by Kaya Akyüz
Recently, I have learned that a genetic genealogy platform had been used by the US justice system in order to find a serial killer. My genome was one of the hundreds of thousands on this platform that allowed the investigators to spot the killer and as users of the platform, we have learned about it only after the press reported on the issue. Should genomic data in genealogy or personal genomics databases be used to simply catch a criminal or for similar purposes?
We are giving out data all the time willingly or unwillingly, knowingly or without even noticing. Our faces and license plates get recognized by cameras on streets, consumption habits are recorded, GPS signals are tracked and many more. Sometimes this is for “the public good” as in the case of surveillance for security and often it is for commercial purposes. However, the majority of these different forms of data collected resemble each other in that they originate from an individual: individual´s behavior, preferences, environment or social network. One other form of data that is increasingly produced in large amounts is genomic data in the numerous databases that function as biobanks and repositories for genetics research. The genomic data landscape also includes direct-to-consumer (DTC) genomics companies (e.g. 23andMe) to which millions of users send their spit to learn more about their traits, ancestry, health risks and biological relatives.
Everyone has a unique genome and when sequenced, it can be converted into a text of approximately 3 billion characters with four letters: G, C, T, A. Genome as data is different than other types of personal data because it does not simply originate from an individual, but bits and pieces shared by many different people come together through reproduction. While all humans carry almost the same genome sequence, the remaining minuscule differences increase as one moves away from the closest relatives to distant relatives, including each and every one of 7.5 billion people on earth. This way, genomic information allows an individual, e.g. an adoptee, to identify unknown biological relatives; however, it also means that an individual can never be anonymous unless all (close) biological relatives of the individual anonymize their genomic data. I will exemplify this with the controversial case mentioned in the beginning and explain why there is a need for urgent societal discussion about what “personal” data means and who is to decide, when we consider the human genome.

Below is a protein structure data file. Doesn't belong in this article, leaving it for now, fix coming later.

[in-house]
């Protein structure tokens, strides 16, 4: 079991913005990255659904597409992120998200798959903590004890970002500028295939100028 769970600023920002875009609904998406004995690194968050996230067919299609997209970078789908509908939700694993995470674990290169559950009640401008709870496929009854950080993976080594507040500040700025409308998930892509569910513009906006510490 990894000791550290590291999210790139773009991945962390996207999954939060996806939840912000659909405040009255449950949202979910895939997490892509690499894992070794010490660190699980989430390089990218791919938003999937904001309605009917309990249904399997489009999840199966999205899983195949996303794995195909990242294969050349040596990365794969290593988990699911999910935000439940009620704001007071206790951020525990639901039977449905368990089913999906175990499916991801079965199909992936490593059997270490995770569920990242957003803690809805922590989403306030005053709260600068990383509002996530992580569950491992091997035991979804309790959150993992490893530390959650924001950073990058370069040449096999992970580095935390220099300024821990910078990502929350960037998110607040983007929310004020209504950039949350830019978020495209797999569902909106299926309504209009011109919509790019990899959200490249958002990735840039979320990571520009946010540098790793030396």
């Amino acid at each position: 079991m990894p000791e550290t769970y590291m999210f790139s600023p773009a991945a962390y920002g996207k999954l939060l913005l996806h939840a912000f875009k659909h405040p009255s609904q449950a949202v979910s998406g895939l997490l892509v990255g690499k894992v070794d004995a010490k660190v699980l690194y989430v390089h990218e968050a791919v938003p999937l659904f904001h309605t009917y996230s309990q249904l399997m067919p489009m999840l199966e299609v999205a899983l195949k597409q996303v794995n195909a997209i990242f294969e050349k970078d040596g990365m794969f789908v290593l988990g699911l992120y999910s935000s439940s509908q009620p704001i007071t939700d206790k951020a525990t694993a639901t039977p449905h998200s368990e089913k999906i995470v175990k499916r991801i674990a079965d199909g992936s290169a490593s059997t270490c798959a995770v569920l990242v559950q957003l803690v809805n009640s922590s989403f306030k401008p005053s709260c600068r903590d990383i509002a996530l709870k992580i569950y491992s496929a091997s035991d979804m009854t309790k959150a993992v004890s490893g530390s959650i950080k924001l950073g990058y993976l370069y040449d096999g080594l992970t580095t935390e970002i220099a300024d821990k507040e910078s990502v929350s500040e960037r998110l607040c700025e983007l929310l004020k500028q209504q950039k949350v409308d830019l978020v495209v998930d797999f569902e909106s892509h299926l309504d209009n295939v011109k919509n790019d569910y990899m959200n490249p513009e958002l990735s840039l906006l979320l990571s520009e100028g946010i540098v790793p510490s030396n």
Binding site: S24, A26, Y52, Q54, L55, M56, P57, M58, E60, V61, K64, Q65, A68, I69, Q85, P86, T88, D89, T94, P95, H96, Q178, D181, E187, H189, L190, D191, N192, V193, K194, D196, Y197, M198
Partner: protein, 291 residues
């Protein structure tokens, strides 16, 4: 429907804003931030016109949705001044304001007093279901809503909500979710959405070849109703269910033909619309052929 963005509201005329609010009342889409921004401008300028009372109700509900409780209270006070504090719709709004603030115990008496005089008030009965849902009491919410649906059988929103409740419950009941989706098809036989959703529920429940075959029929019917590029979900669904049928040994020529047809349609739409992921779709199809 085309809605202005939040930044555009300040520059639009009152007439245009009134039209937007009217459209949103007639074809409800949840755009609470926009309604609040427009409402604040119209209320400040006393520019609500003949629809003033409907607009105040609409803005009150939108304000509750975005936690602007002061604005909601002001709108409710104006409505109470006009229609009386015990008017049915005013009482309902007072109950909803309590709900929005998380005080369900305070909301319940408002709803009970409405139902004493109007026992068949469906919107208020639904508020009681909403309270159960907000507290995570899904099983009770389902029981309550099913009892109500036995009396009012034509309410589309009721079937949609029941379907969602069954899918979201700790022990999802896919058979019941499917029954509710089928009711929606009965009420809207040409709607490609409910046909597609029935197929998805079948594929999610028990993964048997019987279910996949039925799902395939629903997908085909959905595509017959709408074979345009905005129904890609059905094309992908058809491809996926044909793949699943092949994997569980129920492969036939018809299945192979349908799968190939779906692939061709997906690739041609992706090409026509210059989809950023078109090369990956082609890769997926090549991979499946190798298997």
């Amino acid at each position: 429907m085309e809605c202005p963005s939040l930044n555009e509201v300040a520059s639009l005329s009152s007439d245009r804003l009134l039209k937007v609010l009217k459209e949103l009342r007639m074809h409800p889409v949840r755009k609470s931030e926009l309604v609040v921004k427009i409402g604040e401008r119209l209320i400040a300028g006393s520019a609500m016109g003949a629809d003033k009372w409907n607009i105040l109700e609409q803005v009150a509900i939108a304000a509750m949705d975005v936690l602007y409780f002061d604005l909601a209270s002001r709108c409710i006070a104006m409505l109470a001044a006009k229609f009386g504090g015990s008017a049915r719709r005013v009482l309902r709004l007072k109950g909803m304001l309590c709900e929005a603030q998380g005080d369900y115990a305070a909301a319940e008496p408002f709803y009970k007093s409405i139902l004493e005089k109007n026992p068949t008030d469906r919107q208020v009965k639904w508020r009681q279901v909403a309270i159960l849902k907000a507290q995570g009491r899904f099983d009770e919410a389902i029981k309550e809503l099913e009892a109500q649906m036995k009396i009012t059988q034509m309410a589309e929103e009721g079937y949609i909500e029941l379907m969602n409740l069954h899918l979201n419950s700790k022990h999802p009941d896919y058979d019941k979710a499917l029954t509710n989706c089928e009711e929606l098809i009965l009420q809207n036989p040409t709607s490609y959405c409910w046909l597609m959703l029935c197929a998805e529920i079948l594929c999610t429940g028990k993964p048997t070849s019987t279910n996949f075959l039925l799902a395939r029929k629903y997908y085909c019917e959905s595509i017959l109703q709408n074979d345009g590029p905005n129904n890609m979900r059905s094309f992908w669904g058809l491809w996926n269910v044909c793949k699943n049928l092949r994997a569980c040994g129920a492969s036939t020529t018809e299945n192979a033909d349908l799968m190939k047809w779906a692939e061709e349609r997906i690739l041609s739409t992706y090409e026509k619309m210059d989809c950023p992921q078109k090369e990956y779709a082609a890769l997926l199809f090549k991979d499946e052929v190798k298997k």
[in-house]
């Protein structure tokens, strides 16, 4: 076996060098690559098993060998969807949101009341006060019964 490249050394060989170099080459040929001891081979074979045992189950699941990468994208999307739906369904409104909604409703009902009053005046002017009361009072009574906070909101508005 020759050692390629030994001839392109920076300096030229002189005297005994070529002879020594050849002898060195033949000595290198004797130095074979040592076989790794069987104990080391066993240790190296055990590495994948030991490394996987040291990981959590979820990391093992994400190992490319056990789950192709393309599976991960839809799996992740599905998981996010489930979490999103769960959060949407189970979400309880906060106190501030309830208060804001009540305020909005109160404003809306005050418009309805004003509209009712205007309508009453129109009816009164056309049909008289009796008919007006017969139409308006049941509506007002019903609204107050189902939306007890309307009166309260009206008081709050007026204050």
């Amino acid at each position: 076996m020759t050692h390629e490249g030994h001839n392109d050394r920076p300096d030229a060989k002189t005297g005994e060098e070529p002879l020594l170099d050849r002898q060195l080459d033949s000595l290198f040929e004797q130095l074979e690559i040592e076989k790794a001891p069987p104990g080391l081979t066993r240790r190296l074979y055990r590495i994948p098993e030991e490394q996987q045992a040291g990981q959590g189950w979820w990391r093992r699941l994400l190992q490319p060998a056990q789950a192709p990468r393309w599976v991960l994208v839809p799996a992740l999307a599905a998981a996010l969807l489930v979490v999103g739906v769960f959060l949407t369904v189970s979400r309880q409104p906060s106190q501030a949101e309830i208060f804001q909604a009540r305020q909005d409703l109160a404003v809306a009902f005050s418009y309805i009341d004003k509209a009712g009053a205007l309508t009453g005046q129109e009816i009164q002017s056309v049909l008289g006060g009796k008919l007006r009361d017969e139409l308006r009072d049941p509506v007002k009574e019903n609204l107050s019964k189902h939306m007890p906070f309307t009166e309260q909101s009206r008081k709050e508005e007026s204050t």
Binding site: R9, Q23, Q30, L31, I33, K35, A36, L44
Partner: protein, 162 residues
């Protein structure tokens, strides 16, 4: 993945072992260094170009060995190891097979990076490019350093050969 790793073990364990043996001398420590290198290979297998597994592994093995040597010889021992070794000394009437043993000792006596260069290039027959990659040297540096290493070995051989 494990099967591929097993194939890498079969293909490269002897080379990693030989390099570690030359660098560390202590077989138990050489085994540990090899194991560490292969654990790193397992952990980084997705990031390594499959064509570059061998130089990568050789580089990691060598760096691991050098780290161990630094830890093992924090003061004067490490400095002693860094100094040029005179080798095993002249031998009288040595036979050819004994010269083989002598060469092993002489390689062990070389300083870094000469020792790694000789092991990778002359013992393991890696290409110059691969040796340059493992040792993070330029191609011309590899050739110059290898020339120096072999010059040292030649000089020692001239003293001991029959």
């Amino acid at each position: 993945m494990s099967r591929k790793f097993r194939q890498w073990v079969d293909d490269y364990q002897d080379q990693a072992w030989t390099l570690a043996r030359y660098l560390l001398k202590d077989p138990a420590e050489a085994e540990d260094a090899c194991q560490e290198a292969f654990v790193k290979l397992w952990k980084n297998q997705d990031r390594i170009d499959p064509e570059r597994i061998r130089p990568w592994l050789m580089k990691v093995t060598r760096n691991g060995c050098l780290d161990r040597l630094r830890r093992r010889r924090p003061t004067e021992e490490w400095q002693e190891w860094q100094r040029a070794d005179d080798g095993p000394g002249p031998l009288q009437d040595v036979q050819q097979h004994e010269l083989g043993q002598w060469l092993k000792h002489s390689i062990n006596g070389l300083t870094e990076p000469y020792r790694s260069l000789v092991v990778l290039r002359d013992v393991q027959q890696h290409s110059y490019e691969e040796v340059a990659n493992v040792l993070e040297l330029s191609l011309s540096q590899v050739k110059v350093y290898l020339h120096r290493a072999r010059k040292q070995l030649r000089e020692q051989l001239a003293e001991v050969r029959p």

Along with genome editing in human germline using CRISPR-Cas9 technology, the most controversial biotechnological application in 2018 is probably the identification of the Golden State Killer, who is claimed to be responsible for 13 murders and numerous rapes in California in the 1970s and 1980s. Although the DNA had been collected from the crime scenes, the perpetrator had not been identified because his profile was not in the databases. With the help of the genetic genealogist Barbara Rae-Venter, named one of the ten people who mattered in 2018, the US justice system opened the doors to a debatable practice. The investigators produced a genome profile of the Golden State Killer from decades old crime scene material and then they uploaded it to an “open access” genealogy platform: GEDmatch. Customers of different genealogy companies (i.e. 23andMe, AncestryDNA, FTDNA and others) have been uploading their raw genomic data to GEDmatch in order to identify biological relatives that are in the databases of other companies, without needing to buy their services. The authorities used this opportunity to identify the closest relatives of the suspected perpetrator and tracked back the suspect through constructed family trees and common ancestors to a person, who happens to be a former police officer: Joseph James DeAngelo. And this is only the beginning. According to Nature and the New York Times numerous cases are underway with a similar approach. A rapidly growing cottage industry is emerging between genetic genealogy and criminal investigations without a chance to publicly discuss what this means for the ordinary individual, her genomic data, privacy and anonymity, especially considering that this system is amenable to many uses beyond identifying serial killers. As long as there is a biological sample and the identity of the owner is to be found, the system visualized below would serve the purpose.